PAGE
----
These verses prove the heartlessness of demons, swine-herders, and people.  But these verses also prove the helpfulness of Christ.  These folks were scared of Jesus and resented Him.  He had deprived them of property–just like today, 2012.  People love to hear the story of Jesus, the cross, God’s love–but teach them the cost of following Christ, and they go away.

Listen friend, does guilt haunt you?  He’ll wash you white as snow.

Does fear cripple you?  He will be your rock of refuge.

Does doubt afflict you?  He will give you faith.

Do what this man did.  Rush to Christ and fall at His feet.  Jesus can change your heart and make you new.  Finally, after the pigs in peril and herdsmen in a huff, finally . . .

#5  DEVOTION OF THE MAN  Verses 18 to 20  Man on a Mission

Verses 18 and 19, “As He was getting into the boat, the man who had been demon-possessed was imploring Him that he might accompany Him. 19 And He did not let him.”  Did you notice how many times Jesus was begged in this passage?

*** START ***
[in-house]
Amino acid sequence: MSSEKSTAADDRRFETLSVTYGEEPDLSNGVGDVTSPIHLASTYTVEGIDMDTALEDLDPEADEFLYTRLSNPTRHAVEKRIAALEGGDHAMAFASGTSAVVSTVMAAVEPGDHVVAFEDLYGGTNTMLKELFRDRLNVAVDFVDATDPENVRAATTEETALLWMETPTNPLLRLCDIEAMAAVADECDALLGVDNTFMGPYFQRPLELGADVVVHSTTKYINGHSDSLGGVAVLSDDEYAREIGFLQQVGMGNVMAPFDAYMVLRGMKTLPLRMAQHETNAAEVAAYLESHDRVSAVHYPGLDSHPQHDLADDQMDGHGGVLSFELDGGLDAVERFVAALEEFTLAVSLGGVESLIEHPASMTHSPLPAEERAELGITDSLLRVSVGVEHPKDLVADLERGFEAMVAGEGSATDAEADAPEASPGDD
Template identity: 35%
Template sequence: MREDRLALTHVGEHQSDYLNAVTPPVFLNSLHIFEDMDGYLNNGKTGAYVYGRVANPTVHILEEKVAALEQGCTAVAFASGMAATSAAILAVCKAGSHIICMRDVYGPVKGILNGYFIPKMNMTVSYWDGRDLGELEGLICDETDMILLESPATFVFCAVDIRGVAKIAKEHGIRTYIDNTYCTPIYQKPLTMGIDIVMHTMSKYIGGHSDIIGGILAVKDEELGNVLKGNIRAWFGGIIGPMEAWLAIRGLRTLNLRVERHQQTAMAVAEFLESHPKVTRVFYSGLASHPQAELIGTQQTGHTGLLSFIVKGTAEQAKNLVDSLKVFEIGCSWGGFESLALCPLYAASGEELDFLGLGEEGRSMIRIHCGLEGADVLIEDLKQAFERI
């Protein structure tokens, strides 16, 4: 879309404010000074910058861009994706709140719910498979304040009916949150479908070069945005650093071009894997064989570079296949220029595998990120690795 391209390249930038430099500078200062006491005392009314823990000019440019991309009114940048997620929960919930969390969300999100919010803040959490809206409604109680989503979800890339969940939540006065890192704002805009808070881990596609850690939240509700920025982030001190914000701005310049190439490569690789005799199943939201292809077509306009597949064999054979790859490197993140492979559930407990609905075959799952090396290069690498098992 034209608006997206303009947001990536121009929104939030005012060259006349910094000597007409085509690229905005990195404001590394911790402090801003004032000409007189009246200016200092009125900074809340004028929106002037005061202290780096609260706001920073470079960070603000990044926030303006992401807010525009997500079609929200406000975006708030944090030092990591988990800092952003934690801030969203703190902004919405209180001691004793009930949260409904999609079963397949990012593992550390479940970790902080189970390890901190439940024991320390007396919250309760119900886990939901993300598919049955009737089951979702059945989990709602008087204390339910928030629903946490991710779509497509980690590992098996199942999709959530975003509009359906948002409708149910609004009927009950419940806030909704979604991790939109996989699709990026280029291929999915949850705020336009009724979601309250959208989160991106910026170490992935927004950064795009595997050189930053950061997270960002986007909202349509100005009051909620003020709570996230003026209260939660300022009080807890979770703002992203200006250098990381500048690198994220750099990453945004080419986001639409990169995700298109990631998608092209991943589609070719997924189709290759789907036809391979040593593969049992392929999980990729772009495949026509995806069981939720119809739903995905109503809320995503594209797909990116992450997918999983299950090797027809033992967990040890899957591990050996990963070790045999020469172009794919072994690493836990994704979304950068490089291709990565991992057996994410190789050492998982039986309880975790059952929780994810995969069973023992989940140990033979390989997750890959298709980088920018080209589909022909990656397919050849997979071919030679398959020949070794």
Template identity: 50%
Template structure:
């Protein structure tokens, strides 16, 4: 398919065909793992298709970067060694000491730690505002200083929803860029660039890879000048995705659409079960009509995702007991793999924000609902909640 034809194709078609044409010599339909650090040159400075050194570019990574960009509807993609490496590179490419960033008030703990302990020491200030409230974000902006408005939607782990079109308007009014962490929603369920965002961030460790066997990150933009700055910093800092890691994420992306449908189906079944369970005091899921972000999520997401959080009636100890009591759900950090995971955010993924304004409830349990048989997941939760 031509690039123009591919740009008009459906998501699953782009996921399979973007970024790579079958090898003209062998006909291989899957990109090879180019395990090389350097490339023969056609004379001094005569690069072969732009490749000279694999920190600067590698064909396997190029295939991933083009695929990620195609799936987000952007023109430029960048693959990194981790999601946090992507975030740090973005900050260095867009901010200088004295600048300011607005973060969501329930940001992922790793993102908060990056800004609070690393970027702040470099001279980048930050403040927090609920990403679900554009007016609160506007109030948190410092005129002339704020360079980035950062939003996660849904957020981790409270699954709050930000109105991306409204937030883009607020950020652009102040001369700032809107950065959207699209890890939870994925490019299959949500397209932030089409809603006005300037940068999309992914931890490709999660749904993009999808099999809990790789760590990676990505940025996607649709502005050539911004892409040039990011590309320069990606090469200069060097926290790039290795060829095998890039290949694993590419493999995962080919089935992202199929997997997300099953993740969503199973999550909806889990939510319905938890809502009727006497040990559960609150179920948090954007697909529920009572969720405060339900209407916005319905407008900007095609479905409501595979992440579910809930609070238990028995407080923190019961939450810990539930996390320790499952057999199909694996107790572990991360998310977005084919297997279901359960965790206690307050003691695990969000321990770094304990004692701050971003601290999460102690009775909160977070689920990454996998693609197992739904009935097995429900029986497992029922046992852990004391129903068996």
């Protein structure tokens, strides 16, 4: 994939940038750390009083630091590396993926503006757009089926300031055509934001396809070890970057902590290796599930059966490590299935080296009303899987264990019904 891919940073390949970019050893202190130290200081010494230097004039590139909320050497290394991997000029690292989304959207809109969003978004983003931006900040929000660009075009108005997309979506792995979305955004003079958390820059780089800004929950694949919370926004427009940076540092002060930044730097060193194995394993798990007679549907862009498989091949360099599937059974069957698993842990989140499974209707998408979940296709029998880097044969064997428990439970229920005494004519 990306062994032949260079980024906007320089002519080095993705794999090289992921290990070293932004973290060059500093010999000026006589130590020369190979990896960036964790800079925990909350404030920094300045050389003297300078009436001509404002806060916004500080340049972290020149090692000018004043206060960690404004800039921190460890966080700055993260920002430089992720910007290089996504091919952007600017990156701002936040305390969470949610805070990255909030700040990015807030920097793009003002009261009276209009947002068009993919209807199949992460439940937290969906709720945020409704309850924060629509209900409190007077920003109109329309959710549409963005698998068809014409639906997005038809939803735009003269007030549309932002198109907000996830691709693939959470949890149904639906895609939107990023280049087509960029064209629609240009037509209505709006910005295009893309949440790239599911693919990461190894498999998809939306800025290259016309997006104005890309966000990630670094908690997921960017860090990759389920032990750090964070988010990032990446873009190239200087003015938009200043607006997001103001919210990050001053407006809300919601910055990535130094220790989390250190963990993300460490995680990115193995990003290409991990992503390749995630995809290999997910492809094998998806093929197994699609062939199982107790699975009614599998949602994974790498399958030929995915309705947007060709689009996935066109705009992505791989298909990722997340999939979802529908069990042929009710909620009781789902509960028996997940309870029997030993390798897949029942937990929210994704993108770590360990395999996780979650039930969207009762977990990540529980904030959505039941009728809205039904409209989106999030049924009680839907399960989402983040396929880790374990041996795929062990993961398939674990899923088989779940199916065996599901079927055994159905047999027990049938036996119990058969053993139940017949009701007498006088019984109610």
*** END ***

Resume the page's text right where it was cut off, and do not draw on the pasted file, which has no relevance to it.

The demons begged, and Jesus said yes.  The unbelieving people begged, and Jesus said yes.  But now the delivered man begs, and Jesus says no.  God loves you enough to say no, and saying no is not a sign of God’s disfavor.  It’s just as loving for God to say no as it is to say yes.

This redeemed soul begs the Lord to allow him to go with Him.  In stark contrast to the crowd, who wants Him to go away, this man never wants to leave Christ’s side.  His joy on being delivered is so overwhelming, he wants to stay with Christ.  No way is he going back to the tombs, and after being treated the way he was by the community, there’s no desire to return.  And now the entire community blatantly rejects his deliverer, his Savior, his Lord.

He knows with certainty who Jesus is, because as he was indwelt with the demons, he’d most likely know of their affirmation of His deity.  Why does Jesus say no?  Feel God’s great mercy here—it’s awesome.  While the Lord is being chased away by the people of this region, the Lord, even to those who are chasing Him away, still loves them, and is still merciful and gracious.  So as He departs, He leaves them a missionary, a witness.  Verse 19, “And He did not let him, but He said to him, ‘Go home to your people and report to them what great things the Lord has done for you, and how He had mercy on you.’”  Go back to your family and friends, the people you know, and proclaim to them two life-changing truths . . .